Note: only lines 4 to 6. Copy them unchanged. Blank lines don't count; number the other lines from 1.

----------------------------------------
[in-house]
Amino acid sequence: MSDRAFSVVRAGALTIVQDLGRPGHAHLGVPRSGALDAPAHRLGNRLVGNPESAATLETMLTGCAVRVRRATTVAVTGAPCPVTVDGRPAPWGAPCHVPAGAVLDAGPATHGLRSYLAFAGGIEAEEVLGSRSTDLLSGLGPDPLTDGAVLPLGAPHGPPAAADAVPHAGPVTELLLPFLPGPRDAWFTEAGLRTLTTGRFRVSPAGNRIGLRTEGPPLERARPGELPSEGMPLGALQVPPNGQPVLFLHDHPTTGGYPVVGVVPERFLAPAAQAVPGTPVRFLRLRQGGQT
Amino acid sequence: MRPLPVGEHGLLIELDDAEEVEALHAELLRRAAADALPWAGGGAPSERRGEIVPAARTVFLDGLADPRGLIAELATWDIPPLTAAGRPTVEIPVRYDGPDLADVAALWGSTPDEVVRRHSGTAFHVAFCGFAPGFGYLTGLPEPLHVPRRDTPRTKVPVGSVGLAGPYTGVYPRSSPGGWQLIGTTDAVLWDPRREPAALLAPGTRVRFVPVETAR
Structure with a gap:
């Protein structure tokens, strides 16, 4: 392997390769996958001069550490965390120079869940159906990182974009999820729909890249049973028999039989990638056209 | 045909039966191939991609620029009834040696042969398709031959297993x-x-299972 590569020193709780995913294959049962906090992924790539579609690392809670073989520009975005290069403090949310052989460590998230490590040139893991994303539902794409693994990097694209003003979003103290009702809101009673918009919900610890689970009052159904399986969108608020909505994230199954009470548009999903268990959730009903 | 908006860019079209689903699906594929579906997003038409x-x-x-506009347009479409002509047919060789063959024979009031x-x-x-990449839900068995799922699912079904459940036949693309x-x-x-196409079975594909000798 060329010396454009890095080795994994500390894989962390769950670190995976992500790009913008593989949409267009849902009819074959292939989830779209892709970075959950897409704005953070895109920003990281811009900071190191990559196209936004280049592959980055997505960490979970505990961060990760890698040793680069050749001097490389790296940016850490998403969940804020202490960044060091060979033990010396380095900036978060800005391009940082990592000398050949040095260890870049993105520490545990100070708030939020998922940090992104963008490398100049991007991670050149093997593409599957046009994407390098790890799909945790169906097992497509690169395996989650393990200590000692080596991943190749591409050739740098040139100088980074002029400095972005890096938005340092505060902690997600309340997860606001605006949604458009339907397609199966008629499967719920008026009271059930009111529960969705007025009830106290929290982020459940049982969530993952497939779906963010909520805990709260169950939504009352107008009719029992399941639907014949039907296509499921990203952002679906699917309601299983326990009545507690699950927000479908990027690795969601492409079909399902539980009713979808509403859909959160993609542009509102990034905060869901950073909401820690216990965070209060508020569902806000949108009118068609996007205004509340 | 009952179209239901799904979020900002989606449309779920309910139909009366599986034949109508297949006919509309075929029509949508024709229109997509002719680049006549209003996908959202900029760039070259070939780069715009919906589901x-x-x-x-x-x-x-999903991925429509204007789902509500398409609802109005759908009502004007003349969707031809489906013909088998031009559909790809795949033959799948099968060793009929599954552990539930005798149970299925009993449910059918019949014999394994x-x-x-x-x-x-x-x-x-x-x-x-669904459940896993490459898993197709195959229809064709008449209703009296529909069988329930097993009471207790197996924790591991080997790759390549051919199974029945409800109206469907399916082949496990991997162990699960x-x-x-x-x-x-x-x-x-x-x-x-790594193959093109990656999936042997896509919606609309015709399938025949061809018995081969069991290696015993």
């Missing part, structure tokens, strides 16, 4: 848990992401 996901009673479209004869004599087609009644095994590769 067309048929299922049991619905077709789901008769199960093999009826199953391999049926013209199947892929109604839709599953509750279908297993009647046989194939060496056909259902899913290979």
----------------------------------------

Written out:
Structure with a gap:
């Protein structure tokens, strides 16, 4: 392997390769996958001069550490965390120079869940159906990182974009999820729909890249049973028999039989990638056209 | 045909039966191939991609620029009834040696042969398709031959297993x-x-299972 590569020193709780995913294959049962906090992924790539579609690392809670073989520009975005290069403090949310052989460590998230490590040139893991994303539902794409693994990097694209003003979003103290009702809101009673918009919900610890689970009052159904399986969108608020909505994230199954009470548009999903268990959730009903 | 908006860019079209689903699906594929579906997003038409x-x-x-506009347009479409002509047919060789063959024979009031x-x-x-990449839900068995799922699912079904459940036949693309x-x-x-196409079975594909000798 060329010396454009890095080795994994500390894989962390769950670190995976992500790009913008593989949409267009849902009819074959292939989830779209892709970075959950897409704005953070895109920003990281811009900071190191990559196209936004280049592959980055997505960490979970505990961060990760890698040793680069050749001097490389790296940016850490998403969940804020202490960044060091060979033990010396380095900036978060800005391009940082990592000398050949040095260890870049993105520490545990100070708030939020998922940090992104963008490398100049991007991670050149093997593409599957046009994407390098790890799909945790169906097992497509690169395996989650393990200590000692080596991943190749591409050739740098040139100088980074002029400095972005890096938005340092505060902690997600309340997860606001605006949604458009339907397609199966008629499967719920008026009271059930009111529960969705007025009830106290929290982020459940049982969530993952497939779906963010909520805990709260169950939504009352107008009719029992399941639907014949039907296509499921990203952002679906699917309601299983326990009545507690699950927000479908990027690795969601492409079909399902539980009713979808509403859909959160993609542009509102990034905060869901950073909401820690216990965070209060508020569902806000949108009118068609996007205004509340 | 009952179209239901799904979020900002989606449309779920309910139909009366599986034949109508297949006919509309075929029509949508024709229109997509002719680049006549209003996908959202900029760039070259070939780069715009919906589901x-x-x-x-x-x-x-999903991925429509204007789902509500398409609802109005759908009502004007003349969707031809489906013909088998031009559909790809795949033959799948099968060793009929599954552990539930005798149970299925009993449910059918019949014999394994x-x-x-x-x-x-x-x-x-x-x-x-669904459940896993490459898993197709195959229809064709008449209703009296529909069988329930097993009471207790197996924790591991080997790759390549051919199974029945409800109206469907399916082949496990991997162990699960x-x-x-x-x-x-x-x-x-x-x-x-790594193959093109990656999936042997896509919606609309015709399938025949061809018995081969069991290696015993």
């Missing part, structure tokens, strides 16, 4: 848990992401 996901009673479209004869004599087609009644095994590769 067309048929299922049991619905077709789901008769199960093999009826199953391999049926013209199947892929109604839709599953509750279908297993009647046989194939060496056909259902899913290979």